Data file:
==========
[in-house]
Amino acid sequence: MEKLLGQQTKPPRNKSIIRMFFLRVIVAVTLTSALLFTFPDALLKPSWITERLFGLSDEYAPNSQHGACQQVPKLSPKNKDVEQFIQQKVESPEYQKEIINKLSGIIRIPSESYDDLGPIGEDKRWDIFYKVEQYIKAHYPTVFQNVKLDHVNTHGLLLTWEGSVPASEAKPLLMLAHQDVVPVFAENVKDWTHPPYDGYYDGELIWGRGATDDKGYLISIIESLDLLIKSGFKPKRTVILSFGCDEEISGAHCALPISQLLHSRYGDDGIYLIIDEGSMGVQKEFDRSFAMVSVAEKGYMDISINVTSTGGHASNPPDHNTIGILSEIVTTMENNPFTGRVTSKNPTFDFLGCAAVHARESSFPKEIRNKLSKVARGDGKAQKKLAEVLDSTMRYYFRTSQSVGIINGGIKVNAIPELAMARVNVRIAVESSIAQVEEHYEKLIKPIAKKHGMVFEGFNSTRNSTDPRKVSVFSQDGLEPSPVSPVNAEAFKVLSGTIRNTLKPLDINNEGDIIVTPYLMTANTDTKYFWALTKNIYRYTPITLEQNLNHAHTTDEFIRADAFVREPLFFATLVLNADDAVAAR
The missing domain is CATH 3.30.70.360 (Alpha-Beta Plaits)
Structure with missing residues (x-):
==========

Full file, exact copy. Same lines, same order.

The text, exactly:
[in-house]
Amino acid sequence: MEKLLGQQTKPPRNKSIIRMFFLRVIVAVTLTSALLFTFPDALLKPSWITERLFGLSDEYAPNSQHGACQQVPKLSPKNKDVEQFIQQKVESPEYQKEIINKLSGIIRIPSESYDDLGPIGEDKRWDIFYKVEQYIKAHYPTVFQNVKLDHVNTHGLLLTWEGSVPASEAKPLLMLAHQDVVPVFAENVKDWTHPPYDGYYDGELIWGRGATDDKGYLISIIESLDLLIKSGFKPKRTVILSFGCDEEISGAHCALPISQLLHSRYGDDGIYLIIDEGSMGVQKEFDRSFAMVSVAEKGYMDISINVTSTGGHASNPPDHNTIGILSEIVTTMENNPFTGRVTSKNPTFDFLGCAAVHARESSFPKEIRNKLSKVARGDGKAQKKLAEVLDSTMRYYFRTSQSVGIINGGIKVNAIPELAMARVNVRIAVESSIAQVEEHYEKLIKPIAKKHGMVFEGFNSTRNSTDPRKVSVFSQDGLEPSPVSPVNAEAFKVLSGTIRNTLKPLDINNEGDIIVTPYLMTANTDTKYFWALTKNIYRYTPITLEQNLNHAHTTDEFIRADAFVREPLFFATLVLNADDAVAAR
The missing domain is CATH 3.30.70.360 (Alpha-Beta Plaits)
Structure with missing residues (x-):